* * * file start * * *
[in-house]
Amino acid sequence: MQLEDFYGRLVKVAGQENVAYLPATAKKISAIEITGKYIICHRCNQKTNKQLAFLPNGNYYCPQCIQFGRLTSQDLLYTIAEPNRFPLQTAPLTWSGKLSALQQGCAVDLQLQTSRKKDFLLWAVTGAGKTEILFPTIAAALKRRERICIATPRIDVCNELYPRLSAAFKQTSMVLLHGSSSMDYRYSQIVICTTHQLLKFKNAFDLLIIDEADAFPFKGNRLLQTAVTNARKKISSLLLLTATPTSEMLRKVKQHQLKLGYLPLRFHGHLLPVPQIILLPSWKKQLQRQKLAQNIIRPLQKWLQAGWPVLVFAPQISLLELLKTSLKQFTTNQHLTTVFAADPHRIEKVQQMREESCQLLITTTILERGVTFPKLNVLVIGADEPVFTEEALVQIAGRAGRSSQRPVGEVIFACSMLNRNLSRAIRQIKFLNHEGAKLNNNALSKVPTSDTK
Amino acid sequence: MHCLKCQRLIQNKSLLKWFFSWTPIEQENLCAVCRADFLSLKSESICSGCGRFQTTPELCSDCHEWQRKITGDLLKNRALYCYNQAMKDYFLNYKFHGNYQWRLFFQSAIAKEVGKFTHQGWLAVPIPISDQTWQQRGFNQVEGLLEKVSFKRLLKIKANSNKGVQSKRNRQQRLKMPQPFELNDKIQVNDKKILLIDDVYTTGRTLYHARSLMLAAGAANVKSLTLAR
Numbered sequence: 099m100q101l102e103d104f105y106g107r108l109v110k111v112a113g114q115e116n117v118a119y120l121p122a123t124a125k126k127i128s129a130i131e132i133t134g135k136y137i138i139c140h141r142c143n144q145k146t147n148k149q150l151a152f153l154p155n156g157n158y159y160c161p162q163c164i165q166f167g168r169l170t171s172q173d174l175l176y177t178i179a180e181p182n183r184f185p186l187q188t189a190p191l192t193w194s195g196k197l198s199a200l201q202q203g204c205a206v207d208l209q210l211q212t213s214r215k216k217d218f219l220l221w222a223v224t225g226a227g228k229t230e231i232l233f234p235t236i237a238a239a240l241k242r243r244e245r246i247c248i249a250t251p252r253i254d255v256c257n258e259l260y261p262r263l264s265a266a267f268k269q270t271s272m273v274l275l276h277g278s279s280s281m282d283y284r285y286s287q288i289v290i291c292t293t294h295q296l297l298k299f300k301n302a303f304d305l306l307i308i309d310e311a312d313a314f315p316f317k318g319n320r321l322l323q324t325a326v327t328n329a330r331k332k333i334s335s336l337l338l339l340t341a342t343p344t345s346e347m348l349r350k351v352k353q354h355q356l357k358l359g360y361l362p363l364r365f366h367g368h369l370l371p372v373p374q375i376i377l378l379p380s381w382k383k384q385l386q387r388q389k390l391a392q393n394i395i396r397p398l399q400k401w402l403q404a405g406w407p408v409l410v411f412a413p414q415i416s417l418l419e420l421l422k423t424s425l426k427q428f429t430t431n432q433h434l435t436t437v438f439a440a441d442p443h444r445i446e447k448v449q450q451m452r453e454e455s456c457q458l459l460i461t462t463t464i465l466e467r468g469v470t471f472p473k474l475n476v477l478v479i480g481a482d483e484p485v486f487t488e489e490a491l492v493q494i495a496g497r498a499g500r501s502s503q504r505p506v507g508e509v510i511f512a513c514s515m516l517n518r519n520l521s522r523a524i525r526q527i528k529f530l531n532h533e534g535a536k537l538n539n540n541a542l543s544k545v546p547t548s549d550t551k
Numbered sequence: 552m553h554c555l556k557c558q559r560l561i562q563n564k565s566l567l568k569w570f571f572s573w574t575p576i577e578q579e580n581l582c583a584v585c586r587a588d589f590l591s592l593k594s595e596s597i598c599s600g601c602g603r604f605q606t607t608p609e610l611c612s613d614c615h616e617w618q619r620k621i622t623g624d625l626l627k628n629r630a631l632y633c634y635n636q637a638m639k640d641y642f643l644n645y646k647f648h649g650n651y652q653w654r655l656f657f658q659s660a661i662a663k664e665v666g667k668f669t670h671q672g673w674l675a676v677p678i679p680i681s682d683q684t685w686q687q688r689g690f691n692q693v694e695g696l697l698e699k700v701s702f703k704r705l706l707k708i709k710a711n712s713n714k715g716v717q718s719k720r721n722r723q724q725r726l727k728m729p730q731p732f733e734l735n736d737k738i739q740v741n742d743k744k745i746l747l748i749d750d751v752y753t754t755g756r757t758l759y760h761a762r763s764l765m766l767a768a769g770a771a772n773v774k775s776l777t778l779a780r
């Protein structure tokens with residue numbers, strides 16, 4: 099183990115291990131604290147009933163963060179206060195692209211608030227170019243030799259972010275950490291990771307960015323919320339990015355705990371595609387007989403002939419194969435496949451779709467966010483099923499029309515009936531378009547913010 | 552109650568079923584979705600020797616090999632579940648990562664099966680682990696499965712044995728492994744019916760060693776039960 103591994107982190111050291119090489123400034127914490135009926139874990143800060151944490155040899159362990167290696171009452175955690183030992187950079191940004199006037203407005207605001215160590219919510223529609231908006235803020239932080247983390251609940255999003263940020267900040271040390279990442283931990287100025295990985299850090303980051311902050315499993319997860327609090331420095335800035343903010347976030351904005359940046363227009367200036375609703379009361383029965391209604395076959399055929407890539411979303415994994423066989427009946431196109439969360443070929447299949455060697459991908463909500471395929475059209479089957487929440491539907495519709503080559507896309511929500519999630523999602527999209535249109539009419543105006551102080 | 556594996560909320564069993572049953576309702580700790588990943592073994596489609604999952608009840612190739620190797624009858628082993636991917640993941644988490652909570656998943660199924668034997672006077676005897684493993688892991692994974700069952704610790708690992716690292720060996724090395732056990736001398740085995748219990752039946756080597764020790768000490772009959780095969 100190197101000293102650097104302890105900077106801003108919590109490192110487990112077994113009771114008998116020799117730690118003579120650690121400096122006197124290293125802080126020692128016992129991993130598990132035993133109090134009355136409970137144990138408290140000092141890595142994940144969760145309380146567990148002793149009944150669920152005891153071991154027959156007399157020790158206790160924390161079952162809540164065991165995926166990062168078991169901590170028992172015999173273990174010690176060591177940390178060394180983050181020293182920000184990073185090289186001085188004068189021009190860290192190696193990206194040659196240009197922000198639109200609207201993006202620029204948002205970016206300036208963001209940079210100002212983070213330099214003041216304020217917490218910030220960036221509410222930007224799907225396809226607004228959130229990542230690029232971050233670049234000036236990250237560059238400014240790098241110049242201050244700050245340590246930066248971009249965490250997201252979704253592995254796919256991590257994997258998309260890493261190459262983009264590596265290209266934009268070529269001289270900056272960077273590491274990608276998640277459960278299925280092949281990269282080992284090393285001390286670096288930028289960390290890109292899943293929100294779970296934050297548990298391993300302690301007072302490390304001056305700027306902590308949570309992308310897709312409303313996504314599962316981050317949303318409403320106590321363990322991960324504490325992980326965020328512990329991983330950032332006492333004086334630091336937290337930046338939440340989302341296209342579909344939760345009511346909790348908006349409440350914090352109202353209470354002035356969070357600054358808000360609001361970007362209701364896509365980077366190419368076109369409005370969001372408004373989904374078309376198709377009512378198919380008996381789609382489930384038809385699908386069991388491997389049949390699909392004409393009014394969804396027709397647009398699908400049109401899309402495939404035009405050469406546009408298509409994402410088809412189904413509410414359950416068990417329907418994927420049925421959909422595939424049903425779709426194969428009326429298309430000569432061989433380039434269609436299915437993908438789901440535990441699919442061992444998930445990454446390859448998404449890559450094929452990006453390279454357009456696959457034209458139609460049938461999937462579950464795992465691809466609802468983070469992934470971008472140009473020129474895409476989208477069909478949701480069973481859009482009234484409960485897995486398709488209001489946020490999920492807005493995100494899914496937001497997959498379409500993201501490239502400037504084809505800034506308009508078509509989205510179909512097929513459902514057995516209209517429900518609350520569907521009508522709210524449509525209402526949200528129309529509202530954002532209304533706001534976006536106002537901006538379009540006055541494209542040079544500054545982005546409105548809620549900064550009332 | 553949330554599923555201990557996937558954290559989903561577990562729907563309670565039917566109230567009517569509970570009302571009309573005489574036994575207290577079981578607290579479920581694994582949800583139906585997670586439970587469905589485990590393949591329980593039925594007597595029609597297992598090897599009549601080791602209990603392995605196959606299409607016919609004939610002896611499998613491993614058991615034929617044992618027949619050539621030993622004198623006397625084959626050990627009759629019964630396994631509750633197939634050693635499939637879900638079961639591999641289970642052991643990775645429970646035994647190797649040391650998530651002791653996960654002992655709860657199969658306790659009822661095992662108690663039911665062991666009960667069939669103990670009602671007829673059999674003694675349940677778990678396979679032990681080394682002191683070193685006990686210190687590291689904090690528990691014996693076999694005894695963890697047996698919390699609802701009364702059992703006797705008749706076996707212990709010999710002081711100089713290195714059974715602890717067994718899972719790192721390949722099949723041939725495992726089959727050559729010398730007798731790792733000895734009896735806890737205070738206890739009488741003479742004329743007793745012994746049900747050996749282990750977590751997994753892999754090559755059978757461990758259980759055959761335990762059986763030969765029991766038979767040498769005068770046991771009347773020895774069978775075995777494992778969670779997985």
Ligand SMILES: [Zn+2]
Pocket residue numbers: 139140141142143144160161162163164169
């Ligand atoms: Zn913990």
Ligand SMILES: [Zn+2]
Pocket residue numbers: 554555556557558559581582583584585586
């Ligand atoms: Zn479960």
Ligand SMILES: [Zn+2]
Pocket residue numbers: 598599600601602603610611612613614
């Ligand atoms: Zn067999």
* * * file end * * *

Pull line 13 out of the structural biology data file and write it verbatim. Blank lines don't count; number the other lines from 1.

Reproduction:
Ligand SMILES: [Zn+2]